South Africa was added to the BRICS group of nations as a strategic and political measure by the founding member nations, according to analysts ahead of the group's summit in China on Thursday.

South Africa, with a $285 billion economy, a much smaller population and tepid growth of about 3%, pales in comparison to the four emerging market giants.

But the country, which is making its debut at the summit, has earned a spot politically as the stepping stone to the quickly emerging states of sub-Saharan Africa, which helps expand the geographic reach of the original BRIC states - Brazil Russia, India and China.

"This is a diplomatic achievement for South Africa, not an economic one," said Anne Fruhauf, an analyst for Africa for the Eurasia Group.


South Africa and southern Africa also offer the original BRIC states something that they desperately need - commodities to feed their economic engines.

India, Brazil and China have been working hard to increase trade with Africa. Brazil mining giant Vale plans to invest $15-$20 billion within the next five years in Africa and its oil company Petrobras plans to invest $3 billion in Africa through 2013.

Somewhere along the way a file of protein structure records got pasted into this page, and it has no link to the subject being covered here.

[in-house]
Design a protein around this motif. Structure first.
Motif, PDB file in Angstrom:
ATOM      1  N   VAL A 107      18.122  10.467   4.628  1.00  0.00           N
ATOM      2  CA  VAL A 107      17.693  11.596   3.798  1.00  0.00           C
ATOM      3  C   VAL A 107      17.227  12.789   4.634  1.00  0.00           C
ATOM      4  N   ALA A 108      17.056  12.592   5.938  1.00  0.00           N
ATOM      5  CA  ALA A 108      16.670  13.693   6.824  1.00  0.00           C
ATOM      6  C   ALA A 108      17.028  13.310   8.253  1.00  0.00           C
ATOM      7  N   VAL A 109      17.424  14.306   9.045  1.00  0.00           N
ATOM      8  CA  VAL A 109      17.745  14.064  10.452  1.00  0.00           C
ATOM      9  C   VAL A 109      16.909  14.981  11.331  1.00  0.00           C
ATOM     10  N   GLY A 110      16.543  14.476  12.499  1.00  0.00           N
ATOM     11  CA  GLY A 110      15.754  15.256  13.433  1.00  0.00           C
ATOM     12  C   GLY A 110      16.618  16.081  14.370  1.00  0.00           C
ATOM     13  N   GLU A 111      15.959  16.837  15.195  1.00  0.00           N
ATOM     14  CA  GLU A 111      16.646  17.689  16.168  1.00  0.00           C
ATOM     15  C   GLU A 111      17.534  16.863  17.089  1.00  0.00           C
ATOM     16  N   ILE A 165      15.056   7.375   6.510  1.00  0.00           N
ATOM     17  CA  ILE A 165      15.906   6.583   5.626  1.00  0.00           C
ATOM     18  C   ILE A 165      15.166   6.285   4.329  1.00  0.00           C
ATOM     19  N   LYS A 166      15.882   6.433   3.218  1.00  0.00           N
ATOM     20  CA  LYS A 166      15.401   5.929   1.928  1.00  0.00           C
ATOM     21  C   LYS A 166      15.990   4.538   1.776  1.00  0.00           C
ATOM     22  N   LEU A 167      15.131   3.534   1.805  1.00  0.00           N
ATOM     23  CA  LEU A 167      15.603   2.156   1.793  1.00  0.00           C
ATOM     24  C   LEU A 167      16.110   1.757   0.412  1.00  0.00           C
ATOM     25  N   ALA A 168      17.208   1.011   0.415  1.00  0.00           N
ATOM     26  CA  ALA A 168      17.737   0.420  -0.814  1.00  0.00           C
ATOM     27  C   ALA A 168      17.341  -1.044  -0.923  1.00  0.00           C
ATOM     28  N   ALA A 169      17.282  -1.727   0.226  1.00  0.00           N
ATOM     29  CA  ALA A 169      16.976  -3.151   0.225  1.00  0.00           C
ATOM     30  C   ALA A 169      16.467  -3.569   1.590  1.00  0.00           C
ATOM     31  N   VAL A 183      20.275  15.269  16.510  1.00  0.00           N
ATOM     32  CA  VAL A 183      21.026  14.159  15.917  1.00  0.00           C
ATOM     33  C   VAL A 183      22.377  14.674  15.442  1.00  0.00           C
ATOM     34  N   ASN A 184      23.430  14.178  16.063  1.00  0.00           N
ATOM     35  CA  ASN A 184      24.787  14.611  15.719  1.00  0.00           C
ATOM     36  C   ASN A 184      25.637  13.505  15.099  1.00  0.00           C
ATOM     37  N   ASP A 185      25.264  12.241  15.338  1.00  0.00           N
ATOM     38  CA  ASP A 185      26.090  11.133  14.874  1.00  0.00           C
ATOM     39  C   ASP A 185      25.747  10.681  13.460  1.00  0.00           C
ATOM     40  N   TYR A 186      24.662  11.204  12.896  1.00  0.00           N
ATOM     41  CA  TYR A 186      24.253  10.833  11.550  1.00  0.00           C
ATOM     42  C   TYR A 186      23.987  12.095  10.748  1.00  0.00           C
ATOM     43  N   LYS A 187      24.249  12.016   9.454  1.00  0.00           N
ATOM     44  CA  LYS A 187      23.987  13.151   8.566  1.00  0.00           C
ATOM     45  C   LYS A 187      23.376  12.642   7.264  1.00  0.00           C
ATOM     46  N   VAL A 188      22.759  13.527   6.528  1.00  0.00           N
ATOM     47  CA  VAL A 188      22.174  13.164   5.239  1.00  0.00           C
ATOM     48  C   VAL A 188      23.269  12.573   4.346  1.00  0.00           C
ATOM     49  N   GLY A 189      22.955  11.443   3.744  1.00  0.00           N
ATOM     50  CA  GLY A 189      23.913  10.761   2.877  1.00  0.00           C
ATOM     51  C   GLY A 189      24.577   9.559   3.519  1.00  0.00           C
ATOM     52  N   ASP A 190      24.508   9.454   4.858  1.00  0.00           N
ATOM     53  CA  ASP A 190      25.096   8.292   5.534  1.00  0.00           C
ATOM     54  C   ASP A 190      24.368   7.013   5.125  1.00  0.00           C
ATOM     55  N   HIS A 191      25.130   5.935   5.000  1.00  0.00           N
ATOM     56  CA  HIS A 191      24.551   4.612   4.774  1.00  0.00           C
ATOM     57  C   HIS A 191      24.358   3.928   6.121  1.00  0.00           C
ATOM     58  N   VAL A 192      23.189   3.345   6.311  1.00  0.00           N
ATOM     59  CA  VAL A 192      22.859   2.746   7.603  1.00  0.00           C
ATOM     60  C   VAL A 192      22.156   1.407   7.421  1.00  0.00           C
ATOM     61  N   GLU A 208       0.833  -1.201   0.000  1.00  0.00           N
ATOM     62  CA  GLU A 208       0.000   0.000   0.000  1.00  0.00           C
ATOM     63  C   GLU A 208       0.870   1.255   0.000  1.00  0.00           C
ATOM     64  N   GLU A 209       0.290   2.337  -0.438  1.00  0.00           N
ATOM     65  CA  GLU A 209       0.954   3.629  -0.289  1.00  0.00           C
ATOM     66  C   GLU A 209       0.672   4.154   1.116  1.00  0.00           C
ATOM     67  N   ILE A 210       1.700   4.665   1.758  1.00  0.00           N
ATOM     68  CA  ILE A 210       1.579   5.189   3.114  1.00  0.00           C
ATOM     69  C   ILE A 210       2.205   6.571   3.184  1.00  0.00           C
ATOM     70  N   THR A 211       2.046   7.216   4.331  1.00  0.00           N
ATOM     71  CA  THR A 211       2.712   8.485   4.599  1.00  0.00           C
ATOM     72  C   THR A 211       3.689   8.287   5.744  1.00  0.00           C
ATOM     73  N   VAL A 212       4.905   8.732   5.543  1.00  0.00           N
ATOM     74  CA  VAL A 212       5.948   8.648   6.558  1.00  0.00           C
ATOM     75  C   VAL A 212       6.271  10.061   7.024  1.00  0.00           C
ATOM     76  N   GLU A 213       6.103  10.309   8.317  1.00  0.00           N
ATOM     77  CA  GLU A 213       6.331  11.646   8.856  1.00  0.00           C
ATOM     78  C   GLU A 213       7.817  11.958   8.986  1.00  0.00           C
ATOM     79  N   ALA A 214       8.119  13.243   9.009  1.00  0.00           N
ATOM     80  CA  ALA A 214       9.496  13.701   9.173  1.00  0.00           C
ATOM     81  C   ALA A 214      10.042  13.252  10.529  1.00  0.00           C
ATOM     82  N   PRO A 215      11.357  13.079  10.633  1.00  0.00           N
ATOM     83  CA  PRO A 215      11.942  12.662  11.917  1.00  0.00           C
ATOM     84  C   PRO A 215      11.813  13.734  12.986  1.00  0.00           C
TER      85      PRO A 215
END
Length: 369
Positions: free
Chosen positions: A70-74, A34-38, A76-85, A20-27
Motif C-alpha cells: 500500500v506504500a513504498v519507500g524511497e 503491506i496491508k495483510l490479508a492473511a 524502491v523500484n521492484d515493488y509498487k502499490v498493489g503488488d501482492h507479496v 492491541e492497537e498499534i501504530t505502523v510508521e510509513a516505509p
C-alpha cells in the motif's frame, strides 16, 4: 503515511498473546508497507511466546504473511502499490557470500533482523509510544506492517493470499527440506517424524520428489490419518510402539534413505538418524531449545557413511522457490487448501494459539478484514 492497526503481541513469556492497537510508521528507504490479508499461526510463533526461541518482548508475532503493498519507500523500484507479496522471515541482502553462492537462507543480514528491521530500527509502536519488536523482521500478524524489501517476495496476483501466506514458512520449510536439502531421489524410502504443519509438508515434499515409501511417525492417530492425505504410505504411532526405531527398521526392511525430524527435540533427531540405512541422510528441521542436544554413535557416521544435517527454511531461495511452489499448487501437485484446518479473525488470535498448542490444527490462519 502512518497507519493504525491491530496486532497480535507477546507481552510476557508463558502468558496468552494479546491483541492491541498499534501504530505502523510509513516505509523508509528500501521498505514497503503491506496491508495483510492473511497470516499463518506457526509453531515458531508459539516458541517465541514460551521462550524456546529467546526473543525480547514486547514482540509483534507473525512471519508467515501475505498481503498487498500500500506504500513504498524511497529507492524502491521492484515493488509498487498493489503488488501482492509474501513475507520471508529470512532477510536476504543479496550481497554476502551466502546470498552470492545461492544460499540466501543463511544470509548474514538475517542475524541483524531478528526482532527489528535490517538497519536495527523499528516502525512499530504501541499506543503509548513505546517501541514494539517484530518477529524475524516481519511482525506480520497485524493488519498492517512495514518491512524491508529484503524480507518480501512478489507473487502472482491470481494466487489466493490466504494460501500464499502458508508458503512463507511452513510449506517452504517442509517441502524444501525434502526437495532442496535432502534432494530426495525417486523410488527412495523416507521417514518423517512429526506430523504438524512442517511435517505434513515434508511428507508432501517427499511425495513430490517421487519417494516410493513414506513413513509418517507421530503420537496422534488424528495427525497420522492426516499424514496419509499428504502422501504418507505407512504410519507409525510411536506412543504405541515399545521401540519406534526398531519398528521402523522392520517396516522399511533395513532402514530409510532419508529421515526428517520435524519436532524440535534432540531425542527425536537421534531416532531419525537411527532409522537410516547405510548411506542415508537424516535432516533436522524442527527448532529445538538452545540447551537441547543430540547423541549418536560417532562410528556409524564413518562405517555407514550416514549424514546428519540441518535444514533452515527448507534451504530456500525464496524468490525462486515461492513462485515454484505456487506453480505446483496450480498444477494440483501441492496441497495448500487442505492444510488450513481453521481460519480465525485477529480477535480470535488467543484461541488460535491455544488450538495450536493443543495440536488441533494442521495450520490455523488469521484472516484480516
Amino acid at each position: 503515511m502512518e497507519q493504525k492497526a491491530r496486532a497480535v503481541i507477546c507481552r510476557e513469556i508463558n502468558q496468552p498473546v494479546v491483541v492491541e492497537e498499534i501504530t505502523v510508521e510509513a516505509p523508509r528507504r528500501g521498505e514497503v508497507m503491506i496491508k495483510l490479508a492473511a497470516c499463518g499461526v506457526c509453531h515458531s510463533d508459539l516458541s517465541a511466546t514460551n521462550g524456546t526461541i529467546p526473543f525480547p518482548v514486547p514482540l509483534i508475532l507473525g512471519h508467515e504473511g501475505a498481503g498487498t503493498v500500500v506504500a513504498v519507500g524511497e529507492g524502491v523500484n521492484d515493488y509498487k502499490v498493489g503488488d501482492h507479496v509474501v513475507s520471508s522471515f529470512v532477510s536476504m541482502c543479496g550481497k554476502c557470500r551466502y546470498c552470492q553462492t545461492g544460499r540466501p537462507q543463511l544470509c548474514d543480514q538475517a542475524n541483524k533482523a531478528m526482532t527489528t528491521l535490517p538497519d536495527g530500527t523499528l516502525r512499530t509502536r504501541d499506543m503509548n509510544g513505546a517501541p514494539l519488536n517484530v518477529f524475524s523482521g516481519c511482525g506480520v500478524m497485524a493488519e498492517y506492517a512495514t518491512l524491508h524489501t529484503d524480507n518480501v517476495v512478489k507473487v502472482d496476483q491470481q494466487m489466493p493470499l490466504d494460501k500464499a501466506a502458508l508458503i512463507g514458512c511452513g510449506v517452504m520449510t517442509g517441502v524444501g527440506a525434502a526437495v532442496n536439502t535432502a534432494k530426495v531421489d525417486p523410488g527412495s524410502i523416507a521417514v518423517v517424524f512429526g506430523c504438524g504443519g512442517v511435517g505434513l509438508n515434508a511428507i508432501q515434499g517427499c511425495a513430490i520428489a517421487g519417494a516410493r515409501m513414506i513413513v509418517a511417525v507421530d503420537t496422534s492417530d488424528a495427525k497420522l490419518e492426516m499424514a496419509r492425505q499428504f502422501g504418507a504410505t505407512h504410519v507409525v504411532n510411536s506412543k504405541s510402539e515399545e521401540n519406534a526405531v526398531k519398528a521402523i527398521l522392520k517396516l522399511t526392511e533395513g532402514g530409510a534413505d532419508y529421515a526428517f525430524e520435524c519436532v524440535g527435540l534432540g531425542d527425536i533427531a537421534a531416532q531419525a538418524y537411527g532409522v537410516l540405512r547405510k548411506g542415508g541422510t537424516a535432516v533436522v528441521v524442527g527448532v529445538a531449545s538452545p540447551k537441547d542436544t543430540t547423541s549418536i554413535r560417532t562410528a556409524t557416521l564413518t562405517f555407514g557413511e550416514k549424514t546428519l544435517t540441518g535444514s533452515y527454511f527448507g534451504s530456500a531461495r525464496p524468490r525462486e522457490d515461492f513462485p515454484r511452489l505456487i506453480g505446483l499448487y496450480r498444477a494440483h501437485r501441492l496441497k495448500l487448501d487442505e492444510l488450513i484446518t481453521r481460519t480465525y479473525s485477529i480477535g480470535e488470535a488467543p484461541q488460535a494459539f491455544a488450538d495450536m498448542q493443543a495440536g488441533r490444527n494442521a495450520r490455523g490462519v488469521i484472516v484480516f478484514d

Another advantage South Africa offers for the BRICS comes from its strong links to the economies of the regional group SADC - the Southern African Development Community - which is made of 15 states with a total GDP of $471 billion and a population of 257 million.

It includes fast growing economies such as Angola, one of Africa's biggest oil producers, Botswana, the world's biggest diamond producer, Mozambique, home to some of the world's largest untapped coal reserves and Zambia, the continent's biggest copper producer.

"South Africa's entry has definitely given the BRICS a voice in the African continent," B.R. Deepak, a professor of Chinese Studies at India's Doon University wrote in a note for the South Asia Analysis Group.


Francis Kornegay, a senior researcher at the Center for Policy Studies is of the opinon that while South Africa will stand to achieve great opportunities being a part of BRICS, it must also ensure that Africa as well as itself tastes the potential fruits of the engagement.

"The question is how South Africa will leverage itself into being a global player in the group as well as Africa's representative?," Kornegay says.

"South Africa needs to have a focus on getting as much out of BRICS as possible by pushing for regional integration. In leading this move through African bodies such as SADC, it will be good for the BRICS, Africa and South Africa," he said.